There’s an unfair image of Millennials out there that paints them as poor financial managers, economics journalist Jess Irvine says. But they’re hungrier for information and advice than any generation before them. Despite this, a new survey from Nine has found that they’re becoming less sure of themselves. And with more than seven million Australians aged 18 to 39 set to inherit $320,000 each over the next 20 years – that’s $3.5 trillion in total – the brands that share smart information that doesn’t oversimplify things can help these Millennials – and themselves.

The new wave of wealth

Australia’s biggest and most valuable cohort, the seven million 18-to 39-year-olds known as Millennials, are unsure about how to invest their money but hungry for information, presenting huge opportunities for brands.

A new study from Powered by Nine, in partnership with The Lab, interviewed people in that cohort and conducted social listening and quantitative research through Nine’s Consumer Pulse audience panel to understand Millennials’ approach to finance.

The proportion who feel “extremely confident” about their financial skills has plummeted to just 14 per cent – down from 20 per cent a year ago. Seventy-two per cent listen to business and money podcasts, while 28 per cent follow a “finfluencer” online.

“These audiences are still incredibly ambitious, they are progressive and they're diverse, but ultimately what they see as success is being redefined, and it's probably different to what it was with their predecessors,” Nine’s Client Director for Finance, Tech and Telco, Ben Thomas, says.

Hunger for information

“They're looking to other things than purely financial success, such as job satisfaction, but they're still incredibly focused on growing long-term wealth and setting themselves up for retirement. So actually, in that sense, they’re not that different.”

Jess Irvine is the Senior Economics Writer for The Sydney Morning Herald and The Age, and she reckons the 18-to 39-year-olds have some of the deepest “hunger for information”.

“But as for getting access to trusted information that is credible, that is looking at your whole financial situation, I think that's a real gap in the market,” she said.

“People are so scared, but money is really quite simple - it hasn't changed. You earn an income, you spend less than you earn, and then you have some savings to nurture you when you are in retirement and you can't work anymore.”

Finding new pathways to wealth

Nine’s research found that Millennials will inherit $3.5 trillion over the next 20 years as a massive intergenerational wealth transfer takes place. That’s $320,000 per person. Yet there’s a sense that Millennials are not necessarily good with money – too busy eating smashed avocado to save it – that is inaccurate, Irvine says.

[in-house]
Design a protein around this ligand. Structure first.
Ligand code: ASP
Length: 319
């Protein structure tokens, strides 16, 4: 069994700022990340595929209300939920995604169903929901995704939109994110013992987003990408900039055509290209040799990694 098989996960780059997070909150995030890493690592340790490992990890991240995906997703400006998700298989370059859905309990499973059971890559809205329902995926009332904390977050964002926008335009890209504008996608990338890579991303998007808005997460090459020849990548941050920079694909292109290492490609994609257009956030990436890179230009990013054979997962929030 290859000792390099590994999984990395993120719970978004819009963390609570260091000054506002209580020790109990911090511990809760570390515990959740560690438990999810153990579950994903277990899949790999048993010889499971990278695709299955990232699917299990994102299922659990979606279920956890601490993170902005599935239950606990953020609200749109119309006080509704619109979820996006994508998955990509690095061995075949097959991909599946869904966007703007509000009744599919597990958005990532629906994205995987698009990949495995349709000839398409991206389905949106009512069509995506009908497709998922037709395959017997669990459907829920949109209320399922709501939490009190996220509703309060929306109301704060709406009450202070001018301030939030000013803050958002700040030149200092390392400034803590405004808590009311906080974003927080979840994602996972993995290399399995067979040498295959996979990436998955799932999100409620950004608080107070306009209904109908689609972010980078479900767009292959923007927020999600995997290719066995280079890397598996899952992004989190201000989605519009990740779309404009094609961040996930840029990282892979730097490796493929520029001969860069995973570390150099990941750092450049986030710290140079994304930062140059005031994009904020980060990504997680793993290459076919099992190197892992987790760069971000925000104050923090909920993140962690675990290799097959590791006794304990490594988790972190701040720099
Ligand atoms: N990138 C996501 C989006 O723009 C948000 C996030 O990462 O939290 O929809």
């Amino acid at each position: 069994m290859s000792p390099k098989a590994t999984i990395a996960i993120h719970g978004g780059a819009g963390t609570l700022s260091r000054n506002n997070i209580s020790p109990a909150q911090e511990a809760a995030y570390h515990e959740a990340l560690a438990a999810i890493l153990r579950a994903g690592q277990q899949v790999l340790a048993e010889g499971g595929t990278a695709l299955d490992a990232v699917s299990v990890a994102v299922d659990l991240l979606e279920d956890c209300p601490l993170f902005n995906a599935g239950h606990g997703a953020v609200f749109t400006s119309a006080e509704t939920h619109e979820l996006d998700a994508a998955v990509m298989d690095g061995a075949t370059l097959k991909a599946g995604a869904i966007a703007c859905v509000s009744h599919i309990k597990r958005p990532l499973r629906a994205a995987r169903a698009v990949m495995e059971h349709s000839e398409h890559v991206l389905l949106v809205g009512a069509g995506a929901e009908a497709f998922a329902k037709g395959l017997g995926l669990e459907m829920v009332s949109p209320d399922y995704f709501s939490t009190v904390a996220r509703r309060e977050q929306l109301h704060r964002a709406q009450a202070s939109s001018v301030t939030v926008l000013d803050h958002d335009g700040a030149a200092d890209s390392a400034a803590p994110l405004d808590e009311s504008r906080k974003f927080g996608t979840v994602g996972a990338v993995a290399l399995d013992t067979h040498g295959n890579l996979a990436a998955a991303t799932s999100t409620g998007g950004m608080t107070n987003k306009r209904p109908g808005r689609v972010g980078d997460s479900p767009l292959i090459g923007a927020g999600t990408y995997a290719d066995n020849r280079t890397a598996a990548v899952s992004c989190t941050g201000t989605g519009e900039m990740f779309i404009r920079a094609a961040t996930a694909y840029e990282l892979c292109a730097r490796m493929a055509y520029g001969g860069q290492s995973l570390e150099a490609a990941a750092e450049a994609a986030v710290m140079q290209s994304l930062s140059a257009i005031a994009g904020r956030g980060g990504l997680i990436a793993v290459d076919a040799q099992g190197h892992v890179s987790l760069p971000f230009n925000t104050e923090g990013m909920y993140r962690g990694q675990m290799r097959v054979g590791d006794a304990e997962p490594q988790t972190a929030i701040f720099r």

“There's a real boomer hate session happening with Millennials and I think it's completely unfair,” Irvine said.

“Younger Australians in this demographic are caught in some tectonic shifts in our economy. Housing affordability is a huge challenge - it is just so much harder to save a deposit and get on the home ownership pathway. At the same time, ultra-low interest rates have meant that it's very hard to save, to get a return on your money in the bank.”

And so those younger people have done the logical thing, which is to investigate other investment areas – like the share market and cryptocurrencies. Finance brands can take lessons from the “finfluencers” to make smart, helpful information available to them.

“The reason that finfluencers have had such a fast rise in profile is because they're relatable, and provide easy-to-access information in the channels and platforms where this audience  already is,” Ben Thomas said.

“For brands, that doesn't mean oversimplifying things. I think that's the key thing as we work through this for brands. What's the right tone? What can they bring to the conversation which really adds to what this new wave of wealth is looking for?”

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Cultural Conversation Series; Unboxing Christmas 2022

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Cultural Conversation Series;
Unboxing Christmas

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Black Friday eclipses Boxing Day sales, and different marketing approaches now required – but 79% of Australians think brand Christmas ads off the mark

Brands are missing the mark on Christmas advertising, with four in five Australians calling for more reflective ads, not just diversity-washing. Meanwhile, Black Friday sales in November have eclipsed Boxing Day sales – and marketers need to rethink the kind of products they are promoting as a result. 

 

Black Friday versus
Boxing Day

Latest research from Nine shows the cultural and commercial tides are turning, and the balance of power between pre and post-Christmas sales has flipped.

“Perhaps the biggest shift we’re seeing in spending is the momentum behind Black Friday as the premium sales event of the season. 58 per cent of Australians bought during Black Friday sales versus 56 per cent during the Boxing Day sales last year,” says Toby Boon, Director of Strategy & Insights, Powered by Nine.

“The difference is even greater for people aged 18 to 34. Black Friday is now where the Christmas shopping season kicks off in earnest.”

Boon was speaking at a Nine-hosted panel session at The Big Ideas Store, alongside Lisa Day, Director of Content Partnerships – Publishing, Powered by Nine, Jane de Graaff from Honey Kitchen and the Today Show, Steph Winkler, Director with Nine research partner Crowd DNA, and Jack Bavin, Nine Melbourne’s Head of Strategy.

Changing Christmas climate

The research underlines how Christmas spending is changing. “Australians spent roughly $23.9 billion last festive, equivalent to a 38 per cent increase on the previous year,” says Boon.